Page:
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Populous to Godus: The rubbish-filled road of Peter Molyneux

Peter Molyneux's journey to create Godus has been a long road filled with "rubbish" games, the designer said during the PAX Prime 2013 keynote, "Storytime with Peter Molyneux."

As part of a "show and tell of Godus," Molyneux outlined the many titles that have marked his career. Molyneux first birthed the 1989 game Populous, a title created "not because of being a brilliant designer, but a rubbish coder," he said. Molyneux couldn't properly code the in-game characters to move on their own, so his solution was to have the user do it.

Subsequent games included Powermonger, a "low point" in the designer's career based on an idea Molyneux came up with during a drunken pub visit. Instead of controlling armies, Molyneux instead came up with the idea to use carrier pigeons to send orders.

"That was the most rubbish idea," Molyneux said. "The game became absolutely crap."

Other titles became memorable for unintentional reasons. In Theme Park, the one feature people remember were "the pools of vomit that covered" the park, or the ability to "move your hand into the creature's groin" in Black & White, Molyneux said.

"Farmville and Cityville ain't god games."

Next was the era of Fable, after which Molyneux left Lionhead to escape a rut, the designer said. After the creation of 22Cans and Curisoity: What's Inside the Cube?, Molyneux returned to god games.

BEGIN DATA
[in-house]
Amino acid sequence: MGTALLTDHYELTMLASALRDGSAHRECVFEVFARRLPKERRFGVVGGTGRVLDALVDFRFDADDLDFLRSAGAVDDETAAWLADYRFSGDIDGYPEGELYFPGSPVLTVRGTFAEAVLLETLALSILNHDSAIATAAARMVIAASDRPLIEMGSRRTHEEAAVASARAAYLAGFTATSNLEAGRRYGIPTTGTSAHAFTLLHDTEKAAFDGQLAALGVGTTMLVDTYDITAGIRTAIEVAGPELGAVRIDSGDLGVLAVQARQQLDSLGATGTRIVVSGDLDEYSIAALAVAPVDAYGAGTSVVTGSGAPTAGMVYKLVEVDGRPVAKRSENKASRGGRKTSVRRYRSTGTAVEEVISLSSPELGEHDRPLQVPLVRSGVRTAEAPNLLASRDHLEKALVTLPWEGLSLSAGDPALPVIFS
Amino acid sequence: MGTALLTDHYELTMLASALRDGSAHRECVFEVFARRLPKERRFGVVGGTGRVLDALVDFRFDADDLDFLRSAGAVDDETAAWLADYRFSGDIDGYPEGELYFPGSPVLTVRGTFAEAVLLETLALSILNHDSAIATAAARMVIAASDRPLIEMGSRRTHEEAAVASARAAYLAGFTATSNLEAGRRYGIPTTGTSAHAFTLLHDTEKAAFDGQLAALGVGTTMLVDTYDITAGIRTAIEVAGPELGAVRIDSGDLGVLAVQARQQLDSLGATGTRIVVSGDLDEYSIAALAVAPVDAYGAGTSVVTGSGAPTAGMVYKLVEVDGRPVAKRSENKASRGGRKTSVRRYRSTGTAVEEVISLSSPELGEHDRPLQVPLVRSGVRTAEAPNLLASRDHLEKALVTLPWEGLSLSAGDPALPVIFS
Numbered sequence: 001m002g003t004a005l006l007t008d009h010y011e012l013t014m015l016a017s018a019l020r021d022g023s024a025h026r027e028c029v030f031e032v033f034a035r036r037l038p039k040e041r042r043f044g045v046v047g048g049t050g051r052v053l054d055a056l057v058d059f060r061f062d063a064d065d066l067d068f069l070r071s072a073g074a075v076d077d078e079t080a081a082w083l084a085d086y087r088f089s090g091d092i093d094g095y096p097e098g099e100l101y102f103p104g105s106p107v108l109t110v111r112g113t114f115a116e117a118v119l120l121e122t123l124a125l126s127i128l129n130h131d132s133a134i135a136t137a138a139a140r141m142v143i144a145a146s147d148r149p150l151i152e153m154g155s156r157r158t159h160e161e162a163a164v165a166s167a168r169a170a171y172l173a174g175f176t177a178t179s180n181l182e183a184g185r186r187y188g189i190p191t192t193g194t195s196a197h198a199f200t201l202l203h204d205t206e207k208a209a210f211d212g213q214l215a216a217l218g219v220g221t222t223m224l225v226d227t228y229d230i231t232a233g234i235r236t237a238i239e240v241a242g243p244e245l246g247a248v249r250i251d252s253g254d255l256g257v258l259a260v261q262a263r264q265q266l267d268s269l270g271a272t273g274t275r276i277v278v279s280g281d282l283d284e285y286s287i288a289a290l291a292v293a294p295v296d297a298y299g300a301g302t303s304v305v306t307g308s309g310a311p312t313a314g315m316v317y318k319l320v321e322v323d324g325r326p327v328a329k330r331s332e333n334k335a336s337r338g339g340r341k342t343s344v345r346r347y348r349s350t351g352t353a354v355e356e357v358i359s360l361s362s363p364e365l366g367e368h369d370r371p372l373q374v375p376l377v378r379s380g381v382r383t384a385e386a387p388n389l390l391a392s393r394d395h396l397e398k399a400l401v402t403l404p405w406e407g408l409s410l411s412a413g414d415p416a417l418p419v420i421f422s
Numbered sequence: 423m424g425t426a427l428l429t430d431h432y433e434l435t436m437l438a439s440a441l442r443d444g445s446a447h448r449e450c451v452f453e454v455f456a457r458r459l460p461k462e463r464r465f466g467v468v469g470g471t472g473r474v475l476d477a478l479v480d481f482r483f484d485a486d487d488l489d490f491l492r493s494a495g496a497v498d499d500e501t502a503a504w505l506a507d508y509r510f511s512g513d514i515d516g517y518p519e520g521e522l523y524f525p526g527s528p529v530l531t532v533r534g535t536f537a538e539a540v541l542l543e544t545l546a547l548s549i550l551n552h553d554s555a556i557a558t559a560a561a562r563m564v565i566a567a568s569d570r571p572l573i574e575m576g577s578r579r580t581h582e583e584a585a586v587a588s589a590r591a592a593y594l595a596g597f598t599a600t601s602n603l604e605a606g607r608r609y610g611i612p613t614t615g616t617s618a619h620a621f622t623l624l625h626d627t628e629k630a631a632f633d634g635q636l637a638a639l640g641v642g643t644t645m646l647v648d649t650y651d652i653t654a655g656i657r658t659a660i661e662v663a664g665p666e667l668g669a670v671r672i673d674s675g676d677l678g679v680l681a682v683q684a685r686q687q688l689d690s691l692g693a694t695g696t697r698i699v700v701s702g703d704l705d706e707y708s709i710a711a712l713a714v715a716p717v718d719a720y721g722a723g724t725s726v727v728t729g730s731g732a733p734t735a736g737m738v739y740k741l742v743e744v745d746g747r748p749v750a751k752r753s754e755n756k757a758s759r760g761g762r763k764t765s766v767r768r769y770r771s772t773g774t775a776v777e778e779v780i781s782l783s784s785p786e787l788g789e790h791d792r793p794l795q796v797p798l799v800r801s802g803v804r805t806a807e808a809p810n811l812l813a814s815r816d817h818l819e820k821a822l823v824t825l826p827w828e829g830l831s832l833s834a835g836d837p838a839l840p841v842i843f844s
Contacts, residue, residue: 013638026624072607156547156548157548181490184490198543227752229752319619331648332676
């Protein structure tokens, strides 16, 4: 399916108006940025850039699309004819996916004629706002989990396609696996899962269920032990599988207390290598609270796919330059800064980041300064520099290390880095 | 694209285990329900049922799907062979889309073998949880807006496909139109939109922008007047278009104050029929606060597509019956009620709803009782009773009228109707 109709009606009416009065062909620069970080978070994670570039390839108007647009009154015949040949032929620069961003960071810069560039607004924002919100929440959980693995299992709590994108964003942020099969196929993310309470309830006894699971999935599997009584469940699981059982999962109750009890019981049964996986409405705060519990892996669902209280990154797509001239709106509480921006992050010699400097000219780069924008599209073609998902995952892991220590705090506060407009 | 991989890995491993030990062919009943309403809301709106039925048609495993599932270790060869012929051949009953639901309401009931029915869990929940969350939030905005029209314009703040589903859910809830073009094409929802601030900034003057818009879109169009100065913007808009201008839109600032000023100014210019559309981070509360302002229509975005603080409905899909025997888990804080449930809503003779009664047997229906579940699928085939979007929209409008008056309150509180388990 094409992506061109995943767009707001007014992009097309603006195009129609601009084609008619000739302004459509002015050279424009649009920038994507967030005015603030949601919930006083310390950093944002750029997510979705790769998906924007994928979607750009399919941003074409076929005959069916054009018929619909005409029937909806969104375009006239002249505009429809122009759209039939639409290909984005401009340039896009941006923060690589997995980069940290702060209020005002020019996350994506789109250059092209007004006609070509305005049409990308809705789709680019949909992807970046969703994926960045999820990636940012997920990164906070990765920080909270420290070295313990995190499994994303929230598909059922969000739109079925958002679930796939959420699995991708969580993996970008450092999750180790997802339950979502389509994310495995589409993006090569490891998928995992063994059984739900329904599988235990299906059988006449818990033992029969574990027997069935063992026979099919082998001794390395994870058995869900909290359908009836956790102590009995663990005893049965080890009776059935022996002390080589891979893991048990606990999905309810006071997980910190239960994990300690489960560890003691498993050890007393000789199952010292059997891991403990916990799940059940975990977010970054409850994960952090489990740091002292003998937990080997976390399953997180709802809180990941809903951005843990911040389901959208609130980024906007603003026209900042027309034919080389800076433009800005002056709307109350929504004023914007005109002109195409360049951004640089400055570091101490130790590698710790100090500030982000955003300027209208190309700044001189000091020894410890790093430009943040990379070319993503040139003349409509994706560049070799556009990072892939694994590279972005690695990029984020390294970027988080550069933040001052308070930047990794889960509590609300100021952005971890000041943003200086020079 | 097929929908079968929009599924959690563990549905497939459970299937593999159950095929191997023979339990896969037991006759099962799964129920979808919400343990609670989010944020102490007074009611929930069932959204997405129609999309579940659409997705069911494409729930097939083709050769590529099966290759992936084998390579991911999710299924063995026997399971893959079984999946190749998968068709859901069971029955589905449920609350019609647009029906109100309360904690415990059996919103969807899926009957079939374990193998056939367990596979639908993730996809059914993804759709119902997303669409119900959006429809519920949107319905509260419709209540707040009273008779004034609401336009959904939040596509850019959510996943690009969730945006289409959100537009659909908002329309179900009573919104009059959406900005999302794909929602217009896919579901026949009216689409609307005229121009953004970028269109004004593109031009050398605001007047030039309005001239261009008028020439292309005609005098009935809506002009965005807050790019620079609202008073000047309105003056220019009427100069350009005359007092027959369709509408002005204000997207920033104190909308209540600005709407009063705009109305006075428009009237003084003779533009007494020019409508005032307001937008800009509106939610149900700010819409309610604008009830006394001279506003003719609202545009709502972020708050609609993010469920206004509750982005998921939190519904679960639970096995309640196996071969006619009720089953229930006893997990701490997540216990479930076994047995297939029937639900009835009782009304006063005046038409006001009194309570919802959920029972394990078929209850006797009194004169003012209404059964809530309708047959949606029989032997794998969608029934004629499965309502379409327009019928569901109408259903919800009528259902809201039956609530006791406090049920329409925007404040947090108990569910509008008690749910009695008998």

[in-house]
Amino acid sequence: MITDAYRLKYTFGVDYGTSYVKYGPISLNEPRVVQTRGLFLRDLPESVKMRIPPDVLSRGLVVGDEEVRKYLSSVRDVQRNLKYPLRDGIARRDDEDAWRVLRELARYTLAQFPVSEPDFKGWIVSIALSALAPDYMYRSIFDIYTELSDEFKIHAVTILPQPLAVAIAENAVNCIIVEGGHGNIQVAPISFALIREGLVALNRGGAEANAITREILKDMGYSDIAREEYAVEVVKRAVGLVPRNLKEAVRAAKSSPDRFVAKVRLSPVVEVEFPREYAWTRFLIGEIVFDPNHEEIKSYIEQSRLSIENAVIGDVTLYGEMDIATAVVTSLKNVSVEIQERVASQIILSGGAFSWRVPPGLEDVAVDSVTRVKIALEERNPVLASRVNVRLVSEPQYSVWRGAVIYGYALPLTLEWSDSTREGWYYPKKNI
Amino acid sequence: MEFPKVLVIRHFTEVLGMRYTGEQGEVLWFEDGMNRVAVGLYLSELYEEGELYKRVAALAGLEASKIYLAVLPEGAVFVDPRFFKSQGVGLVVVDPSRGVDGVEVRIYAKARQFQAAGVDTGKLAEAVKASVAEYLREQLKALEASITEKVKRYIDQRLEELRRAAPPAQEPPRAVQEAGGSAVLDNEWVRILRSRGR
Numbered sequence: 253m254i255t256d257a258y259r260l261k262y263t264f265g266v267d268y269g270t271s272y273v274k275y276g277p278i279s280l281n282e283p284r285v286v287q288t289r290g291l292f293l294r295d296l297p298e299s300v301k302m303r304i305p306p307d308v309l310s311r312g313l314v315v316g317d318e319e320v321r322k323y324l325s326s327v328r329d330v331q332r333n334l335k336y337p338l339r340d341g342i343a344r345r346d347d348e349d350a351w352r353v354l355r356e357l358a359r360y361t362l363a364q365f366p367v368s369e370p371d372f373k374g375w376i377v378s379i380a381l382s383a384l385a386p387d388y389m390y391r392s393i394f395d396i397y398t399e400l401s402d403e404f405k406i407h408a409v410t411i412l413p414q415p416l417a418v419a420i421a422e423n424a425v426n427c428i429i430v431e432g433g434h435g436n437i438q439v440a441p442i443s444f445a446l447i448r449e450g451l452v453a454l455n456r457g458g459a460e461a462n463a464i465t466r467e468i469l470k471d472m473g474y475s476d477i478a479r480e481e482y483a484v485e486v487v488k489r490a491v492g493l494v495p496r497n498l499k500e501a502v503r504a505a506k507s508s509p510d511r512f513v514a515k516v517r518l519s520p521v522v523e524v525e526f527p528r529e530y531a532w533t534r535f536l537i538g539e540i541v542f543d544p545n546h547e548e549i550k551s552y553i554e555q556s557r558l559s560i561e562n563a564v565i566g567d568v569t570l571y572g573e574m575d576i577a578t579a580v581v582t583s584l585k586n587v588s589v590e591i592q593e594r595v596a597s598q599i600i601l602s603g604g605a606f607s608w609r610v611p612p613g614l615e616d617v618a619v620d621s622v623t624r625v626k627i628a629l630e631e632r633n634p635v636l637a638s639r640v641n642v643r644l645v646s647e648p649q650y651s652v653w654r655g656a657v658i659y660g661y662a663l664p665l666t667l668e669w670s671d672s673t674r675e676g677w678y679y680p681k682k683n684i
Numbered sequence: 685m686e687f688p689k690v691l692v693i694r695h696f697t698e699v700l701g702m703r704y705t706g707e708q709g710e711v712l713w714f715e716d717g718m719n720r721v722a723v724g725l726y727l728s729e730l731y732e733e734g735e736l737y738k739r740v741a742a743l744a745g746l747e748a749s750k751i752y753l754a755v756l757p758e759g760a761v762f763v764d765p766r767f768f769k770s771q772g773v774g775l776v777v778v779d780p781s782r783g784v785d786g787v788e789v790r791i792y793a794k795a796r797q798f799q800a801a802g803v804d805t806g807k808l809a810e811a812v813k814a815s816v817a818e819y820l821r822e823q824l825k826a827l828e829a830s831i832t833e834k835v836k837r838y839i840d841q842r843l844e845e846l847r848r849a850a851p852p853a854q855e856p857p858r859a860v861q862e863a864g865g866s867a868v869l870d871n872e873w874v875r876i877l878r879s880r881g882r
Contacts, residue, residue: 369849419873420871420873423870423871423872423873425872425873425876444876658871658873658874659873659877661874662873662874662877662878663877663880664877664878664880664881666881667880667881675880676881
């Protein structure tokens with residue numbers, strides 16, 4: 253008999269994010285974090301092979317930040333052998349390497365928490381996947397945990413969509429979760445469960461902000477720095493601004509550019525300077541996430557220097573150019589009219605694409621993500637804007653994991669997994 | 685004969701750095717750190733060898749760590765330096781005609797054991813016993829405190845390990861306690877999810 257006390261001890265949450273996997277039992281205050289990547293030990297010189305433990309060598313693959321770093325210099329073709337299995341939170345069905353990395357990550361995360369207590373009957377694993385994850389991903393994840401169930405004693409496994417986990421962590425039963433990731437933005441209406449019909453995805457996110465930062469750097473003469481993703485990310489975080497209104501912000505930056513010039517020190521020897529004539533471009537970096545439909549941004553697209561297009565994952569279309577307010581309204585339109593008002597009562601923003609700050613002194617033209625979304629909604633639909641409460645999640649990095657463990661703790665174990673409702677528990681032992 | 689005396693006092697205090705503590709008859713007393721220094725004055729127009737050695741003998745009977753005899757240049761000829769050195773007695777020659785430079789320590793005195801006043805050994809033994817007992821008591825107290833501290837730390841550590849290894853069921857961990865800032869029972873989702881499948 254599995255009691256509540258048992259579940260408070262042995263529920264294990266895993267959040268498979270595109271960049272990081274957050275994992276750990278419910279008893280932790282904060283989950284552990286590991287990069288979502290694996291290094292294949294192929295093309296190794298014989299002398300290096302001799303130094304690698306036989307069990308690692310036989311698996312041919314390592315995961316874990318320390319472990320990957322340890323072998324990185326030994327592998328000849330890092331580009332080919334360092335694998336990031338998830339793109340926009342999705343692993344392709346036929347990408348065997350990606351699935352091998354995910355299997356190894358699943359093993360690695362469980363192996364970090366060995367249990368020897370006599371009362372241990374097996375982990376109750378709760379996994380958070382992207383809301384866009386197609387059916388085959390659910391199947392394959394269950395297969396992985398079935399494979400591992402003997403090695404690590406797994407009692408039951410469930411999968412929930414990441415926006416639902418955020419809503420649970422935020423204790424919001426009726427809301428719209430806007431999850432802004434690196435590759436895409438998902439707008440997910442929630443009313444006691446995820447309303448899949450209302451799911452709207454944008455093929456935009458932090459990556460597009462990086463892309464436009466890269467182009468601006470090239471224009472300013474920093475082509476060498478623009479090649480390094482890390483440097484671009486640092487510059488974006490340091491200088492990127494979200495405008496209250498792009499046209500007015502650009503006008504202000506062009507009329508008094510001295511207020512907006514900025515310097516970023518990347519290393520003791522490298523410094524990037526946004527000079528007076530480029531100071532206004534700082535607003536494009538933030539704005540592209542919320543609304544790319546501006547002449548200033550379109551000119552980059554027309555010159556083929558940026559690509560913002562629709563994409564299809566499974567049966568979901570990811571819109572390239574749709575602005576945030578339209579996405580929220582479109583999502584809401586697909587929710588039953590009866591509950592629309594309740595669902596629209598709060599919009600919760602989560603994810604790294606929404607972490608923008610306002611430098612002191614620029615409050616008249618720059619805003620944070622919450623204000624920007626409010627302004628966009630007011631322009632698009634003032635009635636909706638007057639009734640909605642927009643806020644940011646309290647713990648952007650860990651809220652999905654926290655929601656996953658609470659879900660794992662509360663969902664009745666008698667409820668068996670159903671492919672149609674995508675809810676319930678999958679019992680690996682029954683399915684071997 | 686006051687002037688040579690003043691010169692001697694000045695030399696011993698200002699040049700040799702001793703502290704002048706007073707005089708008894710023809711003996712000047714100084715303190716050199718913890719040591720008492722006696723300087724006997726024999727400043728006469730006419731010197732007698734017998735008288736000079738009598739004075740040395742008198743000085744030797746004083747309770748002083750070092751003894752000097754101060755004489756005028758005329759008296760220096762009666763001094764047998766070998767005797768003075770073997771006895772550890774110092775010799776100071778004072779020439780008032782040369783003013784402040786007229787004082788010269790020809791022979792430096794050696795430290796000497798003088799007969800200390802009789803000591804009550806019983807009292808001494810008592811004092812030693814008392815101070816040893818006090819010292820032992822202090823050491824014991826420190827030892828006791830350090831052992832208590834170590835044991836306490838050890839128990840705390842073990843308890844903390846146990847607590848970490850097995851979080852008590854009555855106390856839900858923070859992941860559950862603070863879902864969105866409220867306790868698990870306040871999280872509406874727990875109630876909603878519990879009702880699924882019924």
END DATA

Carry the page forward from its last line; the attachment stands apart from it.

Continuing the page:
"I dearly love, as a designer, playing god games and reinventing those god games around today's tech, because today's tech is amazing," Molyneux said. "... It means that we can create games that simply have never existed before. We can put ideas in those games that kind of change the world."

Molyneux felt that the genre was falling out of existence, and similar games that cropped up in their absence just weren't cutting it.

"Farmville and Cityville ain't god games," Molyneux said.

Godus is inspired from the "good bits" of Molyneux's previous work, such as Populous, Dungeon Keeper and Black &  White, as well as hit games today — the Civilization series, or Notch's Minecraft.

"Minecraft broke every rule that us designers hold dear," Molyneux said. "... I've met designers that just lost it, because Minecraft didn't have objectives, Minecraft didn't have tutorials, Minecraft didn't have an end."

Godus players will be able to explore a world "the size of Jupiter," Molyneux said — in part because players will "need every square inch," and because "Notch made Minecraft the size of Neptune."

"I've always loved giving people the opportunity to be unspeakably cruel and vicious."

During an onstage presentation, Molyneux demoed the player's godlike powers, including the ability to sculpt by tugging on corners of land or cliffs. When a player moves a cliff wall, this will change the tide of the ocean, which in turn affects wind direction and the weather. Molyneux called it part of a design that combines "little tiny changes" to create a world that is "as dynamic as possible."

Godus includes the earliest stages of man, beginning with the primitive age, where people only care about "building stuff and having sex," Molyneux said. Ages encompass the bronze, iron age and on, going as far as the information and space ages. People will eventually stop walking around the game's world and start driving cars or riding rockets, Molyneux said.

Godus is ultimately about taking "your little people" on a journey through the history of man, and having the power and freedom to do whatever players want, Molyneux said — even if players chose to be less than benevolent.

"I've always loved giving people the opportunity to be unspeakably cruel and vicious," Molyneux said. "I don't know where this comes from, but I like being cruel to digital characters."